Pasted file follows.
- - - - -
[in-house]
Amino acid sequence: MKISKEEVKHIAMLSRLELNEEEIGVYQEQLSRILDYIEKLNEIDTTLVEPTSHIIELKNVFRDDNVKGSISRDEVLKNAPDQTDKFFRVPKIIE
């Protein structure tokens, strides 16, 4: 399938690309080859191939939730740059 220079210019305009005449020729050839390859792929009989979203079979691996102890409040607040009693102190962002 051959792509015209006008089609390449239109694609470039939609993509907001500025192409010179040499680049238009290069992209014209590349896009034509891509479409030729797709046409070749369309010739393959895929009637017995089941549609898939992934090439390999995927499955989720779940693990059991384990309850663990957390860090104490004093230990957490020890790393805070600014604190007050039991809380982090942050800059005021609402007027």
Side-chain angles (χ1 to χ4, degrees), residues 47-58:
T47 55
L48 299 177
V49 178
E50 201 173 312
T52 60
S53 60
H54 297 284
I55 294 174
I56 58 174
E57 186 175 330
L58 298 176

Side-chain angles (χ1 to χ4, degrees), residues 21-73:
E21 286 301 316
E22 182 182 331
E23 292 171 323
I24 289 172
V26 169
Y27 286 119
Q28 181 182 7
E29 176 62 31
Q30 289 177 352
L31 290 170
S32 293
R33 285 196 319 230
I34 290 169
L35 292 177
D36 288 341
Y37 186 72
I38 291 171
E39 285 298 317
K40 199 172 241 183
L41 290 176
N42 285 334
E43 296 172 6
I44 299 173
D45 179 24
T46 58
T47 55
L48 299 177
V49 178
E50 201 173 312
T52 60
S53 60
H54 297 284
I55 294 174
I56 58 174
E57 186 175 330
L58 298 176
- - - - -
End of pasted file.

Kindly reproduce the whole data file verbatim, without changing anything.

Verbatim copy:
[in-house]
Amino acid sequence: MKISKEEVKHIAMLSRLELNEEEIGVYQEQLSRILDYIEKLNEIDTTLVEPTSHIIELKNVFRDDNVKGSISRDEVLKNAPDQTDKFFRVPKIIE
């Protein structure tokens, strides 16, 4: 399938690309080859191939939730740059 220079210019305009005449020729050839390859792929009989979203079979691996102890409040607040009693102190962002 051959792509015209006008089609390449239109694609470039939609993509907001500025192409010179040499680049238009290069992209014209590349896009034509891509479409030729797709046409070749369309010739393959895929009637017995089941549609898939992934090439390999995927499955989720779940693990059991384990309850663990957390860090104490004093230990957490020890790393805070600014604190007050039991809380982090942050800059005021609402007027």
Side-chain angles (χ1 to χ4, degrees), residues 47-58:
T47 55
L48 299 177
V49 178
E50 201 173 312
T52 60
S53 60
H54 297 284
I55 294 174
I56 58 174
E57 186 175 330
L58 298 176

Side-chain angles (χ1 to χ4, degrees), residues 21-73:
E21 286 301 316
E22 182 182 331
E23 292 171 323
I24 289 172
V26 169
Y27 286 119
Q28 181 182 7
E29 176 62 31
Q30 289 177 352
L31 290 170
S32 293
R33 285 196 319 230
I34 290 169
L35 292 177
D36 288 341
Y37 186 72
I38 291 171
E39 285 298 317
K40 199 172 241 183
L41 290 176
N42 285 334
E43 296 172 6
I44 299 173
D45 179 24
T46 58
T47 55
L48 299 177
V49 178
E50 201 173 312
T52 60
S53 60
H54 297 284
I55 294 174
I56 58 174
E57 186 175 330
L58 298 176